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Old 01-23-2007, 08:06 PM   #1
PugtSounDav
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Question Line strength VS drag strength?

Most reels seem to be designed around 'traditional' monofilament?
One designed for say, 20-30# test mono, will usually generate about 10-15# of drag.
Without more drag, what is gained by filling such a reel with 65-80# spectra?

Should we just use the same # test spectra as we did with mono,
and put twice as much yardage on the spool (if that's useful?)

Or use a lighter/smaller reel to hold the same yardage?
(assuming this smaller reel can generate the same amount of drag?)

Or am I missing something?
Thanx, Dave.

P.S. - What is the best ratio of line strength to drag strength?
2-to-1?, 3-to-1?, 5-to-1?

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Old 01-23-2007, 08:12 PM   #2
cutt plug
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Default Re: Line strength VS drag strength?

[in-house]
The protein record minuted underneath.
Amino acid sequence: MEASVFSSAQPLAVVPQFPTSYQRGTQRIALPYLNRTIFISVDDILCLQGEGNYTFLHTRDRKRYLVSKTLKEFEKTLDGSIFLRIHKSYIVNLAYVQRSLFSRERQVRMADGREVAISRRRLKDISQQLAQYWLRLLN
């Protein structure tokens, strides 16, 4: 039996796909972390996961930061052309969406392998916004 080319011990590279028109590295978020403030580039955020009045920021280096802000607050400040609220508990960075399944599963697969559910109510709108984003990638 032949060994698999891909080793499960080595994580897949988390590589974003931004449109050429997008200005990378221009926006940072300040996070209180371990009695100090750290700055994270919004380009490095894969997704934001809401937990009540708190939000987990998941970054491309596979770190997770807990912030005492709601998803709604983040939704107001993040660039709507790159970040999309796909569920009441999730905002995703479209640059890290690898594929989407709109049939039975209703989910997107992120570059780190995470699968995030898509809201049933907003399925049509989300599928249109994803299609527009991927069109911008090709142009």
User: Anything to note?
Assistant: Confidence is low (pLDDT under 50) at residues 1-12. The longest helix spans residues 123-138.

I personally use braided line for specific reasons. As an example I use Berkley fireline on my steelhead bobber & Jig rod. It's 17 lb test which is more than I really need but I like it because it floats well which helps me present the offer more naturally.

In general I don't put any more pressure on a fish when I'm using braided line than what my pole and reel can handle.

In short braided lines have their place, I prefer mono but use braid where its helpful.
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Old 01-23-2007, 08:30 PM   #3
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Default Re: Line strength VS drag strength?

???